Thursday, April 25, 2013


Last week at the market, standing there freezing, smiling, selling to the wonderful customers that are so faithful even on rainy, unusually cold April days, I had an unexpected moment. A new customer came to the table and purchased eggs. They walked away, then came back. I love the time I get to spend chatting with everyone at the market, so I always welcome people who just want to stand and visit for a while. Part of the fun of the market is just getting to know people. I get all kinds of questions about our products, why they are labeled "Not for human consumption" or how we treat our birds, or what they eat. Then I get the great stories of little chickens that the kids hatched in school that turned out to be roosters they had to find homes for, or the chickens that climb up in your lap and like to eat out of your hand, or the tragedy of losing a favorite hen to the neighbor's dog. But this conversation went in a different direction.

I had previously introduced them to the fact that we do not wash our eggs, nor do we refrigerate them. I explained that egg shells are porous and naturally come with a coating that protects them and keeps them fresh. After all, the purpose of the egg is to grow a chick inside. Another customer came up to the table ready to buy eggs as well. I thought all was well and they were happy with my explanation, but they leaned in close, pointed at the eggs I had on display and said," Your eggs have poop on them. You need to wash them with bleach."

Usually I have a great idea of what to say, but for some reason this time I was embarrassed. Suddenly my products were "dirty". I had another customer waiting patiently, so I quickly replied, "Yes, you can take them home and do that." then turned to the next person in line and asked what I could get for them. I wanted to pull away, cover my embarrassment, and move on. Actually, for one split second,  I wanted to hide all my dirty eggs, take them home and scrub them down in bleach. Then clarity came. Why is it we can always think of the right thing to say after the person is gone? The rest of the afternoon I muttered intelligent replies and creative comebacks. What it all boiled down to, I finally decided, (and it took me until today to vocalize it) was that our eggs, all our products in fact, give people choices.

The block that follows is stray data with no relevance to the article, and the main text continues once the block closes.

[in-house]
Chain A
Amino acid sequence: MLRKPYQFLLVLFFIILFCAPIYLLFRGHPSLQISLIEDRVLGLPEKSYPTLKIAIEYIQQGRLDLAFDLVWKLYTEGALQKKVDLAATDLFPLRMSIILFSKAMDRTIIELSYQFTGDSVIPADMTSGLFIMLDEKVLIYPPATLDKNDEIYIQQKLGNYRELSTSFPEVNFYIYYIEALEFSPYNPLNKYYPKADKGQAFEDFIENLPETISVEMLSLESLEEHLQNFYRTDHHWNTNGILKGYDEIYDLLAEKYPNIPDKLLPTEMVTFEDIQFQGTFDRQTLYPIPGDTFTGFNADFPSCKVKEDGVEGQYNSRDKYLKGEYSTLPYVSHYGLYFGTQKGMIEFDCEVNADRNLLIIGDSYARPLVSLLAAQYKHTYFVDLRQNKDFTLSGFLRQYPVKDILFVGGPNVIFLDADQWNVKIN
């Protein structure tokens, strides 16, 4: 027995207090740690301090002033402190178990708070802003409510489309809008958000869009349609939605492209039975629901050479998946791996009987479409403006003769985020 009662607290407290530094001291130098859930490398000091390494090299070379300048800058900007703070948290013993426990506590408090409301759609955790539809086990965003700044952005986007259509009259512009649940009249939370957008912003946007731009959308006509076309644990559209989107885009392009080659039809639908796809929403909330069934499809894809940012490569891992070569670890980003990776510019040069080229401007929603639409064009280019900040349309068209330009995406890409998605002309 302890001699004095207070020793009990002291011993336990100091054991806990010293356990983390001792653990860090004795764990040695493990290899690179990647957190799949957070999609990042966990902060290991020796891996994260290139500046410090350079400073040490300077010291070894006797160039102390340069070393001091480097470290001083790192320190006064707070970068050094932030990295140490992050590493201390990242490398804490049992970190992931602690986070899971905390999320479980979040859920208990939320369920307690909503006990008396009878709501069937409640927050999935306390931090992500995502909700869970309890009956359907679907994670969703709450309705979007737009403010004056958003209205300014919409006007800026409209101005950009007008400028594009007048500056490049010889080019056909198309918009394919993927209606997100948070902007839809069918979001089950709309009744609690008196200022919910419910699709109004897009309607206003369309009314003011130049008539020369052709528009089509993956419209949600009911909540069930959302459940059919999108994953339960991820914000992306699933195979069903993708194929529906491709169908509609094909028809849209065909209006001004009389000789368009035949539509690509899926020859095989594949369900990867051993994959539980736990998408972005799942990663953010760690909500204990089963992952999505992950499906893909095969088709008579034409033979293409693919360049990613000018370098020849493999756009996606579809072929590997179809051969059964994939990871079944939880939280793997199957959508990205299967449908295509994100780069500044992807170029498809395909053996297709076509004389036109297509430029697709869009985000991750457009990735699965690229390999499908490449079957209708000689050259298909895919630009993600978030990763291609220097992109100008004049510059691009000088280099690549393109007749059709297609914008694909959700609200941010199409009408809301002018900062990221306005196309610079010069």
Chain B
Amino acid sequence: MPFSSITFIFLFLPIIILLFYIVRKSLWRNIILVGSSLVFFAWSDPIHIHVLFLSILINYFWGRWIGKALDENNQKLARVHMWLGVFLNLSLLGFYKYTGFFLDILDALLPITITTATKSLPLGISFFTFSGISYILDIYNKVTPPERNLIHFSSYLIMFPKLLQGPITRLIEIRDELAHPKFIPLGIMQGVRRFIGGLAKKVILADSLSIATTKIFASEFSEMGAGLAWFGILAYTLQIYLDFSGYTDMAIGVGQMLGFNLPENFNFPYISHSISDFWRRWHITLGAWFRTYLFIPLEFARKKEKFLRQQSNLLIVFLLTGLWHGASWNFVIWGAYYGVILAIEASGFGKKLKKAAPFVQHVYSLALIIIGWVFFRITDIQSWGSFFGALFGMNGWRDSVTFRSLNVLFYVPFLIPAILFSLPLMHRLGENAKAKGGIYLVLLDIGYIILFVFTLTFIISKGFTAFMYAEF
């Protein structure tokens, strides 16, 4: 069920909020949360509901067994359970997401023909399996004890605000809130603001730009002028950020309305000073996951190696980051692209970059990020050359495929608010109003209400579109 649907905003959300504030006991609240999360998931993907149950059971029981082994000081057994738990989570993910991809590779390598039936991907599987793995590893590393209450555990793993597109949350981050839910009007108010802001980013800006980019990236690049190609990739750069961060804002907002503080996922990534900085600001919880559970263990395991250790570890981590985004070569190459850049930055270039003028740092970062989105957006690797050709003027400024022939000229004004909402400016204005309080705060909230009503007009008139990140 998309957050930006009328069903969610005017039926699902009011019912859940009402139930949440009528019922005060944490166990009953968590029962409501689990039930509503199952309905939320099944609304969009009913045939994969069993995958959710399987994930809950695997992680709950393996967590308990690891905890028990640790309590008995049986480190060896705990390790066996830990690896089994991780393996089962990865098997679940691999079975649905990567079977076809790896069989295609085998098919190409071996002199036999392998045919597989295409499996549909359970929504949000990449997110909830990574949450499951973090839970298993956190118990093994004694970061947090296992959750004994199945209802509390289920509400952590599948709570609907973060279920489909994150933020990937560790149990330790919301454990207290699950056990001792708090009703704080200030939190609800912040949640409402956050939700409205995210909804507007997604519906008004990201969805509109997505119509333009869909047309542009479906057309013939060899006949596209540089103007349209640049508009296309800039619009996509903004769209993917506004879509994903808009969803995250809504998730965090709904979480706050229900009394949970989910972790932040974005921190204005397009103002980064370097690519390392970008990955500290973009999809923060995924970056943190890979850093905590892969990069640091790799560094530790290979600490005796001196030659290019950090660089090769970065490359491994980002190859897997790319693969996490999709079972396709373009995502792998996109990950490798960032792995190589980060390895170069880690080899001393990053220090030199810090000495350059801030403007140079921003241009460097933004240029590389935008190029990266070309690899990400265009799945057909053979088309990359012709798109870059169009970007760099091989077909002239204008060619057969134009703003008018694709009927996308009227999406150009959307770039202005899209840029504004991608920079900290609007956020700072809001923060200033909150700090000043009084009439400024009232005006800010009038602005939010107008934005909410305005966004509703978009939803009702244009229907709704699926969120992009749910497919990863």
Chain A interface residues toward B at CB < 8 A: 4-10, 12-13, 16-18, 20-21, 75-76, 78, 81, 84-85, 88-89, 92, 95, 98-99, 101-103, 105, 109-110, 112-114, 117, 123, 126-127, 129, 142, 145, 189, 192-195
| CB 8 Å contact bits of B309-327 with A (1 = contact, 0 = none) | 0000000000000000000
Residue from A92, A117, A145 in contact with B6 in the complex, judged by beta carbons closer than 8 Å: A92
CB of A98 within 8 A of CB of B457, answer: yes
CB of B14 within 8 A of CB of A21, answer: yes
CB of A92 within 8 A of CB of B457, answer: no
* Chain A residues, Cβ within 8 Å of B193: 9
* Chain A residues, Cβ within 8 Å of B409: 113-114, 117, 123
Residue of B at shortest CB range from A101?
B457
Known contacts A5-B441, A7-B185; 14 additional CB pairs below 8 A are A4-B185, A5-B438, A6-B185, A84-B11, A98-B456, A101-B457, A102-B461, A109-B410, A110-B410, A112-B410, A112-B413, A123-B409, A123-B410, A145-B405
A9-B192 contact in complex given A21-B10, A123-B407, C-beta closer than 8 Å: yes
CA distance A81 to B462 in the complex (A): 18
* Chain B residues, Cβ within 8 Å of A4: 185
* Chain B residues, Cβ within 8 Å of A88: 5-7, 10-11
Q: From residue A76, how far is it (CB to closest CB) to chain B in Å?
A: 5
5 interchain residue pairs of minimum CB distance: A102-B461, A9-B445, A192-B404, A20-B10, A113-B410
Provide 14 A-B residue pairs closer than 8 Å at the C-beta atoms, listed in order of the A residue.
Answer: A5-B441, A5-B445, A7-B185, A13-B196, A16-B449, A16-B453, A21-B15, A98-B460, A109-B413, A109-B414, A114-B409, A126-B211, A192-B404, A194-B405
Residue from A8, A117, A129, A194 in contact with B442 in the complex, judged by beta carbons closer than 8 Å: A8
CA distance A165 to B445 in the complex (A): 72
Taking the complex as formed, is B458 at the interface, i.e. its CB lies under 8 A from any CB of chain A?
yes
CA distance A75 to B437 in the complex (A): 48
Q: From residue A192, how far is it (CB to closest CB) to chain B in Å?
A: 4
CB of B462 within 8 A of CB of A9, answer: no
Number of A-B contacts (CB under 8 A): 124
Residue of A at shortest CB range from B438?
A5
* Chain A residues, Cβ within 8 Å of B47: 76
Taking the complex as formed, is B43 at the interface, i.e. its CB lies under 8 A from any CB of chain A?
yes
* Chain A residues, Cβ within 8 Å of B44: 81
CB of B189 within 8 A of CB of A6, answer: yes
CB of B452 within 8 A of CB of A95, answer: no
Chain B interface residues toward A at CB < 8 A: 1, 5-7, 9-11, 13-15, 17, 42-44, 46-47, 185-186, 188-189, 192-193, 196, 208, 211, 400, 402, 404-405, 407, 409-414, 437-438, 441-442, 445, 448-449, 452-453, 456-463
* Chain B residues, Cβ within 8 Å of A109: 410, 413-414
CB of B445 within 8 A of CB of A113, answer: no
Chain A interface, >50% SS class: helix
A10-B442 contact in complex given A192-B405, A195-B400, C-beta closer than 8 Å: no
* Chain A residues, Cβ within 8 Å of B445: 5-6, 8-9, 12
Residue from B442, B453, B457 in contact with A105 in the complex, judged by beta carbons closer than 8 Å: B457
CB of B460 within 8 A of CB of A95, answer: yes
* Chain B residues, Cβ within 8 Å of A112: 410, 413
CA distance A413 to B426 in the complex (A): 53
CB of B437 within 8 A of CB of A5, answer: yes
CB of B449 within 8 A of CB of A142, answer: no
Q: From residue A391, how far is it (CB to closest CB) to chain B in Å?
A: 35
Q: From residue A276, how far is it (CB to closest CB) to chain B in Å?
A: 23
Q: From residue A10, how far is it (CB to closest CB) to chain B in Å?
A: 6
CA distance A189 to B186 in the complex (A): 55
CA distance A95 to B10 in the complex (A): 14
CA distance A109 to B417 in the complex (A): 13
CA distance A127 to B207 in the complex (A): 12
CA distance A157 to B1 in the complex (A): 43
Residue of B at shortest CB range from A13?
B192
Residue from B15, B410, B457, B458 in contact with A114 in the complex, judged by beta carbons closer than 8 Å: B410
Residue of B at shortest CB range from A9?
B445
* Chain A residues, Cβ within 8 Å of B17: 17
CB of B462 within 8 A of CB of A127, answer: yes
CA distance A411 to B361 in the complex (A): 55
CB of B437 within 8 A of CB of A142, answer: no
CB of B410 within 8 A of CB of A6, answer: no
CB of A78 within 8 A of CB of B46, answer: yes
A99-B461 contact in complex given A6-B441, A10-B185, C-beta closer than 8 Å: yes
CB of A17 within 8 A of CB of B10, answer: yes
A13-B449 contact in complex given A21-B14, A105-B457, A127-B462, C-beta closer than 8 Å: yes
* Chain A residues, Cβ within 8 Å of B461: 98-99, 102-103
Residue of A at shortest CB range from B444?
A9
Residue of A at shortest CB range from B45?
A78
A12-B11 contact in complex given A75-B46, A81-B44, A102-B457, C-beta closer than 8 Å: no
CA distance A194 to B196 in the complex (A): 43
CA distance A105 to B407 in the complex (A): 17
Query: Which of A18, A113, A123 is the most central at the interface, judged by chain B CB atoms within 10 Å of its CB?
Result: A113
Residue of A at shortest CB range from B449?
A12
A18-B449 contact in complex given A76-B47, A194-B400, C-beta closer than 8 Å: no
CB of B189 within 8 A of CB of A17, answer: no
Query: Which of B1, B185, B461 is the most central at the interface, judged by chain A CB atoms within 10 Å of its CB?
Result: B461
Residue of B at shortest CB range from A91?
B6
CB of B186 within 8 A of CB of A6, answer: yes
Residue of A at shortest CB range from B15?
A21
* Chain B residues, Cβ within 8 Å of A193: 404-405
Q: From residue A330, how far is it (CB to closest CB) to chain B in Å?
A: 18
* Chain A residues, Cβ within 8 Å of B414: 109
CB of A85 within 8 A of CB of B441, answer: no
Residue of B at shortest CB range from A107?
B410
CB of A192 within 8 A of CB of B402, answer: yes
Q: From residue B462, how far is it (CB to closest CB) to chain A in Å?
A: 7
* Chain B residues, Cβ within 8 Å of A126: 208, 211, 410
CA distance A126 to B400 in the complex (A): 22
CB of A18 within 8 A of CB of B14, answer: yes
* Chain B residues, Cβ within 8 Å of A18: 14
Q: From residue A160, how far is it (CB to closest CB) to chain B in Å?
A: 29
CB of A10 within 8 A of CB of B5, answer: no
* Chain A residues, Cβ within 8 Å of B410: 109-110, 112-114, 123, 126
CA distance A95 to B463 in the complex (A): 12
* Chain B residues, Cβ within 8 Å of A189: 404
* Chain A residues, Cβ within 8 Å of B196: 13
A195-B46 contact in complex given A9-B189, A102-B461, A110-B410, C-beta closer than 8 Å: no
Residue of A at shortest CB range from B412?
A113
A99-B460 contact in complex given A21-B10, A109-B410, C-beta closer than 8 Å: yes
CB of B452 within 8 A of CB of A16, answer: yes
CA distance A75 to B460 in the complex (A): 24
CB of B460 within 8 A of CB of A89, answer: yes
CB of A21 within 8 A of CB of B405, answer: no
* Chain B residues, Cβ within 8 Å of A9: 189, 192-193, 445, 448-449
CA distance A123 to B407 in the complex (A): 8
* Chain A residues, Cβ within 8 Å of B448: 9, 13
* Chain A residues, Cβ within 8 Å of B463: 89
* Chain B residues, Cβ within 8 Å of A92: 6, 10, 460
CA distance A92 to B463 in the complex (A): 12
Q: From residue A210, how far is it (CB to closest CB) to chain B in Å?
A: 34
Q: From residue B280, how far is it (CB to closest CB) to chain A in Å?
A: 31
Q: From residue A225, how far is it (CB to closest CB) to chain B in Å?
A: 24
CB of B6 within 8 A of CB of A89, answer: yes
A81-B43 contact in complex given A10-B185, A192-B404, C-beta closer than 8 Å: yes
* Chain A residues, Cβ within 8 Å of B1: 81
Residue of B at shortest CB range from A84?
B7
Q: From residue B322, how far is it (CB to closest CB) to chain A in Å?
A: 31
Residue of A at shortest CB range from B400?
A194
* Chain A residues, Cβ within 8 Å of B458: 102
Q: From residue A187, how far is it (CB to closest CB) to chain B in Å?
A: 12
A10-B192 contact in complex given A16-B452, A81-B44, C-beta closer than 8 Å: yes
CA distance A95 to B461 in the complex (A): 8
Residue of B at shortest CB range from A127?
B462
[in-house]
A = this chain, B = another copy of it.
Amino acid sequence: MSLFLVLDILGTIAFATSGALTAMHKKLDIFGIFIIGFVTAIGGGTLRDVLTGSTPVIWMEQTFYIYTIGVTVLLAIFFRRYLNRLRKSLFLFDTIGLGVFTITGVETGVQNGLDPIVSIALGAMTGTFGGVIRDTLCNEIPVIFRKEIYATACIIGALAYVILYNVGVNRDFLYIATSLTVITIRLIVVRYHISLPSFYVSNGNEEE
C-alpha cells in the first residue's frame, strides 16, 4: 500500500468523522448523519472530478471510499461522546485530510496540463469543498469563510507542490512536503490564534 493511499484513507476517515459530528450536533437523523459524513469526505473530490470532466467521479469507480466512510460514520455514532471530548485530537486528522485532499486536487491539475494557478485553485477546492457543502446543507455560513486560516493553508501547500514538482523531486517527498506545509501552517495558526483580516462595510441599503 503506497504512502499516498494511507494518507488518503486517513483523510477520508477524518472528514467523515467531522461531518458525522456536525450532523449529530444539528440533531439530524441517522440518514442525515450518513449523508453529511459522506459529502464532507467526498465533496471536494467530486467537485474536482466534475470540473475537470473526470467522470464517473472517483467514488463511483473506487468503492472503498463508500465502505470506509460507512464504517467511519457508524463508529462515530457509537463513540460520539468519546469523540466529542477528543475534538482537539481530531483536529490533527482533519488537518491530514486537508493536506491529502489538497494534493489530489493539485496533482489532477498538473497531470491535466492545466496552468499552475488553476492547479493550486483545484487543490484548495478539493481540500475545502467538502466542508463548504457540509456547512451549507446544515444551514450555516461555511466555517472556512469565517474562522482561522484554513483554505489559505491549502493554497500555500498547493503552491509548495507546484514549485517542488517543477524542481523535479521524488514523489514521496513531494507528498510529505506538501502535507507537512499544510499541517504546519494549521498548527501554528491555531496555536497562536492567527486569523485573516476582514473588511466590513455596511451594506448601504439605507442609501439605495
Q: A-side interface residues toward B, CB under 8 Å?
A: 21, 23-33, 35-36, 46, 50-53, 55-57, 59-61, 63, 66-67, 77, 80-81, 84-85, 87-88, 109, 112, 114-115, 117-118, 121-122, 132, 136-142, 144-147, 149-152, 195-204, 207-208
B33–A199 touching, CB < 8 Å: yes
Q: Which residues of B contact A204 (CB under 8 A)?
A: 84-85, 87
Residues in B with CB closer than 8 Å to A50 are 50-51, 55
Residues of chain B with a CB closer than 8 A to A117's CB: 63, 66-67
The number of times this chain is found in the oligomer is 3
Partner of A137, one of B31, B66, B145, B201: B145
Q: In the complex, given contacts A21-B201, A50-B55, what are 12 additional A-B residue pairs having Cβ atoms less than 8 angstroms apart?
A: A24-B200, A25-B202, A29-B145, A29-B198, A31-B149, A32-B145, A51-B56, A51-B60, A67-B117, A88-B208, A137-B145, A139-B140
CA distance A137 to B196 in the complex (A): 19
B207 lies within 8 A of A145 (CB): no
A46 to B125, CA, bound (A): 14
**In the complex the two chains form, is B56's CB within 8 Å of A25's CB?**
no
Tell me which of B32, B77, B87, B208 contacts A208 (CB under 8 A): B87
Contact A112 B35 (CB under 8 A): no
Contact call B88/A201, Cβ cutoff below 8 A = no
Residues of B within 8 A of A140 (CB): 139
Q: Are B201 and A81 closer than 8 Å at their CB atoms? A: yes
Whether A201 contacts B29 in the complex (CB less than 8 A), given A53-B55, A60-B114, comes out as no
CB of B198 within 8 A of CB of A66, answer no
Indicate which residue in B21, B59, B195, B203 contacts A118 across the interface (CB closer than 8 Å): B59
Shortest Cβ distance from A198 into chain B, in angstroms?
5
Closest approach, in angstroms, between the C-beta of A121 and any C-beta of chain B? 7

Yes, you can buy a room full of eggs that have been washed pretty with bleach, but where can you find the egg that has not been bleached, or sprayed with a chemical, or been sitting in a warehouse for weeks? Well, at the Laughing Chicken farm stand, of course. What we do every day at this small plot of ground in Gilchist county gives people choices. What they do with those choices is not up to me. I can only put it out there. But thank God I am still allowed to put it out there.

So I guess I need a slightly thicker skin, and I need to stop trying to please everyone. My choice is tho offer what I believe in. Maybe next time I'll stand a little taller and smile a little wider doing it.